Efficacy and cultural adaptions of narrative exposure therapy for trauma-related outcomes in refugees/asylum-seekers: A systematic review and meta-analysis

Journal Article

Refugees/asylum-seekers are more likely to have experienced traumatic events than the general population in high-income countries. Narrative Exposure Therapy (NET) was developed to treat trauma within this population. This review aimed to determine (1) the efficacy of NET and (2) if the interventions have been successfully culturally adapted. Databases were searched from January 2002 to September 2020, for peer-reviewed randomised controlled trials (RCT) of NET published in English, involving adult refugees/asylum-seekers with any trauma disorder, resettled in high-income countries. Data were extracted and risk of bias assessed using the Cochrane data collection forms, and meta-analyses were conducted for depression and trauma symptom change. Cultural adaptations were assessed using a structured framework. Six RCTs (total  n=   272) met eligibility criteria. All reported significant reductions in trauma symptoms in the NET group but only two studies found a significant reduction in depression symptoms. Meta-analyses showed medium-large between-groups effect sizes in favour of NET (depression −0.59 [−1.07, −0.11]; trauma −0.75 [−1.19, −0.31]), with substantial heterogeneity. The most common cultural adaptations were in language and context. NET was shown to be a potentially beneficial intervention for treating trauma-related outcomes. However, studies should be more transparent regarding any attempts to make interventions more culturally appropriate.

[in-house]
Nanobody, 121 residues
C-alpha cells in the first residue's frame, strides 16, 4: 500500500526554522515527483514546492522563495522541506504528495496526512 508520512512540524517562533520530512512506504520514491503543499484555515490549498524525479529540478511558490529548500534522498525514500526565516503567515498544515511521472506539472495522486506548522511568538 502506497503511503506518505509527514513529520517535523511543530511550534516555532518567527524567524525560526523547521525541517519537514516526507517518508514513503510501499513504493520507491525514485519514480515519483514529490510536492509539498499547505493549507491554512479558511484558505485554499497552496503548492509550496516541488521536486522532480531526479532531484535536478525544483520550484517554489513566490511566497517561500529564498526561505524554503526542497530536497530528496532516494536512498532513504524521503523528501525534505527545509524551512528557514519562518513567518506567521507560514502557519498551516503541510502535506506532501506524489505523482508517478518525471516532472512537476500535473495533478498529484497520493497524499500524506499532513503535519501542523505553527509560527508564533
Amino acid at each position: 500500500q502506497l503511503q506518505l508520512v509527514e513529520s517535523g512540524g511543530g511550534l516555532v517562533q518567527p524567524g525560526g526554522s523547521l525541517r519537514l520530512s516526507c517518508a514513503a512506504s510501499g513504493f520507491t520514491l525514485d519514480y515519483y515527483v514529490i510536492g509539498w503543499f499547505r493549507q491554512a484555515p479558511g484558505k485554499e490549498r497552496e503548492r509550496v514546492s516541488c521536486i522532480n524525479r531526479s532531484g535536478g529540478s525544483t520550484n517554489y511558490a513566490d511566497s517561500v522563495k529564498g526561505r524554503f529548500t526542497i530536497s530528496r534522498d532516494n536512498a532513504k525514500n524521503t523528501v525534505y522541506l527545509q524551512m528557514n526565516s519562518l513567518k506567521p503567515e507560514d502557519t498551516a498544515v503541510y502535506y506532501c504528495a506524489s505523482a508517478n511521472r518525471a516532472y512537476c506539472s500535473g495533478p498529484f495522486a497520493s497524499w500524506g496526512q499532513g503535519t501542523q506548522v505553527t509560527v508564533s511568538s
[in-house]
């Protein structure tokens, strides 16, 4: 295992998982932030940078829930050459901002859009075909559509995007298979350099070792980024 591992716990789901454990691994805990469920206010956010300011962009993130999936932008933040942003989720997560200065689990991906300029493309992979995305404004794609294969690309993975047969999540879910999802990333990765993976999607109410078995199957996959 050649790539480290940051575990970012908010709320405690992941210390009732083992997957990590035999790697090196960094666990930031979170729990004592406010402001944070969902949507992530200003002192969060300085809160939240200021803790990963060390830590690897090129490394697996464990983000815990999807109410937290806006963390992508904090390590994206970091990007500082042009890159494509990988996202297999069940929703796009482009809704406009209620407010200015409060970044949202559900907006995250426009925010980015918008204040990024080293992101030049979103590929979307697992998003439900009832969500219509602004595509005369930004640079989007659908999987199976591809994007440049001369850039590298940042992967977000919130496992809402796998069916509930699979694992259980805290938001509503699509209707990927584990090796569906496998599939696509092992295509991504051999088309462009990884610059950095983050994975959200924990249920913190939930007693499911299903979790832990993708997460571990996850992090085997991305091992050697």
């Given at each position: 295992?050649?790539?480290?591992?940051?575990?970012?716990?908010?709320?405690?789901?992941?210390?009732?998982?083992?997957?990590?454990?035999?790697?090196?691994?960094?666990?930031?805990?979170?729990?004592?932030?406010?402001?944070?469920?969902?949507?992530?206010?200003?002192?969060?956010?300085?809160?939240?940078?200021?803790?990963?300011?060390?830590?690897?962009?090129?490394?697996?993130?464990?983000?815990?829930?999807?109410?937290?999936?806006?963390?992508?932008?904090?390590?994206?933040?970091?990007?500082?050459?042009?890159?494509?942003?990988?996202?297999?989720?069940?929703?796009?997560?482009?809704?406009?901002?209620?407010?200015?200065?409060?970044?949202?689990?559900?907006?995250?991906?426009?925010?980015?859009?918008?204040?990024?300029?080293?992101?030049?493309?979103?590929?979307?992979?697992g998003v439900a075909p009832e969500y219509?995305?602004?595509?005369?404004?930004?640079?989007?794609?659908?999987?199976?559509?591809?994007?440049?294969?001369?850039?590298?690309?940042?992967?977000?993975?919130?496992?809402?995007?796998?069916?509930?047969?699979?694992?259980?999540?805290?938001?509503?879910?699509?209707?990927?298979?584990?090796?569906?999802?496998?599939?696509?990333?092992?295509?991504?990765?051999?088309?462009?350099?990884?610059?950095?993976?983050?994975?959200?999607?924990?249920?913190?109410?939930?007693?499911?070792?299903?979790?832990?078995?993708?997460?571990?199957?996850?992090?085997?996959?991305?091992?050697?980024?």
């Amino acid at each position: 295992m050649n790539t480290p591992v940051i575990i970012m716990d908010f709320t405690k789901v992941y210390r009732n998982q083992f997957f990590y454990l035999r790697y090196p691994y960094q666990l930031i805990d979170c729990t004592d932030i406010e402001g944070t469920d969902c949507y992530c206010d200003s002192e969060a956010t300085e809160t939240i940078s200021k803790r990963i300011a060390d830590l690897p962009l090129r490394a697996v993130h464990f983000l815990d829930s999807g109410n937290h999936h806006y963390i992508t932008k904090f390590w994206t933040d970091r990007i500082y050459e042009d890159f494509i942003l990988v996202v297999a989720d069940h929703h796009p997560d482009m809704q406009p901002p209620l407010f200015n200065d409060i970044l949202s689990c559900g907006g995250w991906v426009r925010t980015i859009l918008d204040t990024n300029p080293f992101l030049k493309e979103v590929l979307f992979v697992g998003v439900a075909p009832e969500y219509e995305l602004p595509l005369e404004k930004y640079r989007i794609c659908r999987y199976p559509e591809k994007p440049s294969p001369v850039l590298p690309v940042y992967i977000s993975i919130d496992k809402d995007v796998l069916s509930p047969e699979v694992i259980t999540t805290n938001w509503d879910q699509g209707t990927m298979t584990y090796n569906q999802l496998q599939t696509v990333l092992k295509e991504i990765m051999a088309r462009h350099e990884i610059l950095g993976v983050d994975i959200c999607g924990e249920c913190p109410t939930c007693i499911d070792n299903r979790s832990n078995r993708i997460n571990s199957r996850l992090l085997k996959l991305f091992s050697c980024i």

Ashley Wright, Alexandra Reisig, Breda Cullen
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